A credit card expert has explained what the real impact of missing and making late payments is on your credit score.

The cost of living crisis has meant that many Brits have turned to credit cards and loans to financially support themselves. 

Credit cards can present a reasonable solution when handled appropriately but there are reports that highlight many people struggle to meet repayment schedules.

As a result of unexpected bills or emergencies, sometimes payments get missed or sent late.

With this in mind, the team at Vanquis has explained the impact of these late or missed payments on credit scores.

The experts have also offered tips that you could consider that could help you tackle the issue.

However, they also issued a disclaimer that explained that its commentary is for informational purposes only and should not be considered financial advice.

Do late or missed payments affect your credit score?

The impact of a late payment on a credit score will vary from person to person and is dependent on a few different factors, according to Vanquis.

The experts explained that your payment history can have an impact which includes how many late payments you've made on any credit cards, loans or mortgages.

How much of an impact may depend on a lender's individual rules around lending, what information they pass on to the Credit Reference Agencies (CRAs), and how each individual CRA uses that information.

Vanquis continued: "If you consistently make late payments or can't pay for a significant period of time (for example, longer than 30 days), this can mean lenders perceive that you aren't able to manage your credit agreements and the payments.

"If you have late payments on more than one agreement, this can also affect your score negatively".

Can missed payments affect your credit score?

Vanquis has commented to say that completely missing a payment can harm your credit score since it reflects how reliable you are with managing credit and making repayments.

As a result of poor account management, you could be excluded from benefits like credit limit increases and interest rate reductions.

How long does a late or missed payment stay on your credit report?

Late payments are usually kept on your credit report for six years, Vanquis said.

The experts added: "The impact of a late payment should reduce over time, so any recent late or missed payments are likely to have more of an effect than any older missed payments.

"This is because most lenders often refer to your recent credit history when deciding whether to lend to you".

The experts noted that if you can maintain a good payment record and make all future payments on time, the impact of one late or missed payment could be reduced.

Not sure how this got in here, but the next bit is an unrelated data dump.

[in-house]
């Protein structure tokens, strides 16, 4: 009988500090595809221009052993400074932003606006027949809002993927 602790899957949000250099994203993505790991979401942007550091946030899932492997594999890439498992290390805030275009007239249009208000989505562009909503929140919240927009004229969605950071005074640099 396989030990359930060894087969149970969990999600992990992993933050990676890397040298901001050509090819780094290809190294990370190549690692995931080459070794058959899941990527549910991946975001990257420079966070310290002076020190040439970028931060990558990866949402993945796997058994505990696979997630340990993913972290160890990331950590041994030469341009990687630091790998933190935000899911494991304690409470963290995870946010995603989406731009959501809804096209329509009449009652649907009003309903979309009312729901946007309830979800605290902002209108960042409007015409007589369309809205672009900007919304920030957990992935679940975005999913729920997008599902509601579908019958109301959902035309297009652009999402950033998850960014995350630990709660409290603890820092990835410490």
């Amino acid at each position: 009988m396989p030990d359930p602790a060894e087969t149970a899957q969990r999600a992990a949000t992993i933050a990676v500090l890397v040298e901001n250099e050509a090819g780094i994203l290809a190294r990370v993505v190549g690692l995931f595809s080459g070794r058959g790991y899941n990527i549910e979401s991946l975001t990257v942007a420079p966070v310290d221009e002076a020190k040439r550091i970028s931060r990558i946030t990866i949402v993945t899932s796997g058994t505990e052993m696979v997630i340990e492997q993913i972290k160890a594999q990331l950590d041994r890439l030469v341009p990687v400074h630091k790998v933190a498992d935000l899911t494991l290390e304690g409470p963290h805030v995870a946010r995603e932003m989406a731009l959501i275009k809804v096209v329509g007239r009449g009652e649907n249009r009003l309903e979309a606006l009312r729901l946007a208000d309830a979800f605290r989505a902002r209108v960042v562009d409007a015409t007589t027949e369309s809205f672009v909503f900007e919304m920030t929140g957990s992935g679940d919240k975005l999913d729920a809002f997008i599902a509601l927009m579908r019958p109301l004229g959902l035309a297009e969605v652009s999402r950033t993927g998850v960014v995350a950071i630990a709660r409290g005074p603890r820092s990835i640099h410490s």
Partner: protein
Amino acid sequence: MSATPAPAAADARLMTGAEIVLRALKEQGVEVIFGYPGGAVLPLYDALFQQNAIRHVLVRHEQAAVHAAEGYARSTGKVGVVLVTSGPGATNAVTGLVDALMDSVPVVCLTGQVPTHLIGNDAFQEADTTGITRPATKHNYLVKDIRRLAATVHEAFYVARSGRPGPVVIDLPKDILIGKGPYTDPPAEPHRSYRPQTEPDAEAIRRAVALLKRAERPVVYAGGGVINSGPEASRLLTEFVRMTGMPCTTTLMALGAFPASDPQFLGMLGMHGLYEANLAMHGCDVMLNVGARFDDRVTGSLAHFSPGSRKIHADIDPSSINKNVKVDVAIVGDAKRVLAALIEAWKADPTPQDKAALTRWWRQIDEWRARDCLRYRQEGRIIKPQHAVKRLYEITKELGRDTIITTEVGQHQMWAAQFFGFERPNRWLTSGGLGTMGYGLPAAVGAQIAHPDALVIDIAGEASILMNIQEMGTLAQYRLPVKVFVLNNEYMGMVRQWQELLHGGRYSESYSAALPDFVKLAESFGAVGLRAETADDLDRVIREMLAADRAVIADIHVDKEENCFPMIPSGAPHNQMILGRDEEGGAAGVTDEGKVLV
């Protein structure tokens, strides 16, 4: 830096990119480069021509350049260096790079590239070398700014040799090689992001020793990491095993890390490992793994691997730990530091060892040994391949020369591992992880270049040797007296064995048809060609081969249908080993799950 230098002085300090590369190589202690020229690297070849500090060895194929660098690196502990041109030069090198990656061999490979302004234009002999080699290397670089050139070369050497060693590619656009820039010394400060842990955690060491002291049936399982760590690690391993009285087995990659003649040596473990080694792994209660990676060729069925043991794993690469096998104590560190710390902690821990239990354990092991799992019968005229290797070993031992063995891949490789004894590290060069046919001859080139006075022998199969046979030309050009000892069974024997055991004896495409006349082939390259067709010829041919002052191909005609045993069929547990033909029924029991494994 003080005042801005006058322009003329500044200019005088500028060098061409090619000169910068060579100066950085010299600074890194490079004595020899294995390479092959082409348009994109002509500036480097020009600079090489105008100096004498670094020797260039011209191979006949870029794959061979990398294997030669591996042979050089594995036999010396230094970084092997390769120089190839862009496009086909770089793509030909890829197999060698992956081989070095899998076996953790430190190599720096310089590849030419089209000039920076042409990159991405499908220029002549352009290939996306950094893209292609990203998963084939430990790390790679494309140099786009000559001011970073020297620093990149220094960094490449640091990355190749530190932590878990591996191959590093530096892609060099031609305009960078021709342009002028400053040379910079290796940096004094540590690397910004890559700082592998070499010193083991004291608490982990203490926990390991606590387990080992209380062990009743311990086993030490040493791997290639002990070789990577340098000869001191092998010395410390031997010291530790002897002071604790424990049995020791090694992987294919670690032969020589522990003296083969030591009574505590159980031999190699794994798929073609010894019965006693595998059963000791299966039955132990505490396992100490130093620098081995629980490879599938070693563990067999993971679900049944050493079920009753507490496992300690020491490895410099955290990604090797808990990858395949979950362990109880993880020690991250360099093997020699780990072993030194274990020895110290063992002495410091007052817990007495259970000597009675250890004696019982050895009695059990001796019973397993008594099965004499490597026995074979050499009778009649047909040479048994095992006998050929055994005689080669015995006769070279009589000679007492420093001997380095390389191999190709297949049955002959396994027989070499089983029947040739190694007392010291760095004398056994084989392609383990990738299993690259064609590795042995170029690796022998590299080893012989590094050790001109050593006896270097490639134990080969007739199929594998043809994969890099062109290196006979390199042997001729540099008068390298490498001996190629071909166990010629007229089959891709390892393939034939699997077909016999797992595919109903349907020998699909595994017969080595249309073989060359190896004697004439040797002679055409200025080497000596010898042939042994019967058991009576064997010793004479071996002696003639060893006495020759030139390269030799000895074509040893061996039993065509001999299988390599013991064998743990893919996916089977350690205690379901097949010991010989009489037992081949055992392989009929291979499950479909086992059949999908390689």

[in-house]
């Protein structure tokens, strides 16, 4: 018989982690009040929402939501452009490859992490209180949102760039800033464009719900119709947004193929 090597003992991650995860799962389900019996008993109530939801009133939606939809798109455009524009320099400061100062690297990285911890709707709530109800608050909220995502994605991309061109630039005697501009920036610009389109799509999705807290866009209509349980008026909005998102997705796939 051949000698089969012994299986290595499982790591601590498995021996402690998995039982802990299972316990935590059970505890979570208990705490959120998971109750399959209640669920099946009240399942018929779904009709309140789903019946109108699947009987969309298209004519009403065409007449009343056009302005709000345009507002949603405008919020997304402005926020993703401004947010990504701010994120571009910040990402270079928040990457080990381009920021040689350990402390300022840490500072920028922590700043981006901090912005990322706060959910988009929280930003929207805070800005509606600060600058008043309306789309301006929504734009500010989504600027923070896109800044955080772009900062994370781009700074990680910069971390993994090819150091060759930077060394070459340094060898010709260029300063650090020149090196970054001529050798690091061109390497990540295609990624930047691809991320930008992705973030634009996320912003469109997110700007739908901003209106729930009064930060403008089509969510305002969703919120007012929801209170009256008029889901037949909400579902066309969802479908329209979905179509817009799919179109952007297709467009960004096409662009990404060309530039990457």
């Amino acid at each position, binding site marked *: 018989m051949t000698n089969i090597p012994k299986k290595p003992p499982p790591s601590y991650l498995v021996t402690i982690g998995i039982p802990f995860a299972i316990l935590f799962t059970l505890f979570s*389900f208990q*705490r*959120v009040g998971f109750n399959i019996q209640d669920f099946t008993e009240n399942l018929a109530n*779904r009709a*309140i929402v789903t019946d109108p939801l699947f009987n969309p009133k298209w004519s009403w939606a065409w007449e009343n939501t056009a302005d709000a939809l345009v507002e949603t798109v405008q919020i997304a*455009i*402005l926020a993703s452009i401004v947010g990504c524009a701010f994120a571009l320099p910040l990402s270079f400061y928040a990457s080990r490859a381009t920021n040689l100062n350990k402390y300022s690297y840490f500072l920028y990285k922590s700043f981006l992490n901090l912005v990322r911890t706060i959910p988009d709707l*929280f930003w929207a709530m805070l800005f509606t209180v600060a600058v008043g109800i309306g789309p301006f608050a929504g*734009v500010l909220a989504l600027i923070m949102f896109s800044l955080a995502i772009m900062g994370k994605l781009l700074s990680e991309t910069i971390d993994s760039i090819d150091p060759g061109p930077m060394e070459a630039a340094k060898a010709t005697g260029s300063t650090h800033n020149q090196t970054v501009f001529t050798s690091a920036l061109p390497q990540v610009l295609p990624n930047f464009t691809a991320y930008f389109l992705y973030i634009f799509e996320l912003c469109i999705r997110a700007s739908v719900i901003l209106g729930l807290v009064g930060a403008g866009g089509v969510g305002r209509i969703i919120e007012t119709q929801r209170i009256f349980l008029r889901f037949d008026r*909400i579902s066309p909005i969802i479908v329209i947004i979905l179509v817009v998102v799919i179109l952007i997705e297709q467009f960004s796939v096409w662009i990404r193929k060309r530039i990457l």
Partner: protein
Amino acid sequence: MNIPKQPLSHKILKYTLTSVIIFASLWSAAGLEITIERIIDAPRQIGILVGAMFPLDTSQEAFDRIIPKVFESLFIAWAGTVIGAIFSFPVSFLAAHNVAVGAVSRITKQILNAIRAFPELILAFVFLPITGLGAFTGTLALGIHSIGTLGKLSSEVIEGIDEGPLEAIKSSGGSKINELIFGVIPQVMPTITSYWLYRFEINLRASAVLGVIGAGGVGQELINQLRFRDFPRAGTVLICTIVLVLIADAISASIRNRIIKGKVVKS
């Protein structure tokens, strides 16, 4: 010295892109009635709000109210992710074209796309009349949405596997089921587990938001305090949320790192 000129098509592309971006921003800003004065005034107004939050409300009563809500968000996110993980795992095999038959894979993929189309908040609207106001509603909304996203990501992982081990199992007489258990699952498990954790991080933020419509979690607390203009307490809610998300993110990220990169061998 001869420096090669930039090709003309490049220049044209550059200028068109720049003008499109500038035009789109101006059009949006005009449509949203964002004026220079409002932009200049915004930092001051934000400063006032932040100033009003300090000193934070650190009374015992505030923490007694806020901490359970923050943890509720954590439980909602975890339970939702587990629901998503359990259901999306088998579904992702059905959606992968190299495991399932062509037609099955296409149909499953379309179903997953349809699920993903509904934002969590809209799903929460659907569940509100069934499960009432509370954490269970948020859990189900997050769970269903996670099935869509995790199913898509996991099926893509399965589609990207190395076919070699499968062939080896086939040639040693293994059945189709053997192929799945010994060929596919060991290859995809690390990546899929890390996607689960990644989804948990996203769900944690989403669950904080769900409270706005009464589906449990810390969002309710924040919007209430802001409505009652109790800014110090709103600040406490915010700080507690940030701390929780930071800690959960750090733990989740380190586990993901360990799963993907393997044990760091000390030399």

They added: "If you're unsure what is impacting your credit score, it might be a good idea to obtain an up-to-date record from a credit reference agency.

"If there are any mistakes on your credit report, or you have a good reason for a missed payment (such as long-term illness or unemployment), you can ask the credit reference agency to correct your report|".

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How to tackle late or missed credit card payments

1. Only apply for credit you need and can afford

It may be worth assessing your finances in detail before applying for a credit card to lower the risk of not being able to pay later down the line.

2.   Set aside some money for unexpected payments or emergencies

You never know what might be around the corner. So, if affordable, consider setting money aside to reduce the risk of missing payments for any credit agreements.

3.   Set up regular, automatic payments

Look into organising standing orders or Direct Debits via your online banking portal or app, to ensure payments are made even if you forget.

4.   Keep on top of your payment due dates

You might want to make use of an online or phone calendar to track your payments and set up alerts when they are due.

5.  Arrange payments to suit your schedule

If possible, work out whether it’s best to either stagger payments to spread them out, make sure everything comes out close together, or in line with the date you receive your income.

6.    Speak to your credit card provider

If you’re facing difficulties, your bank or provider might be able to help you to decide on the best way to tackle a missed payment, set up regular payments, or assist you with your finances in general.

There is also the option of getting in touch with a debt counselling charity.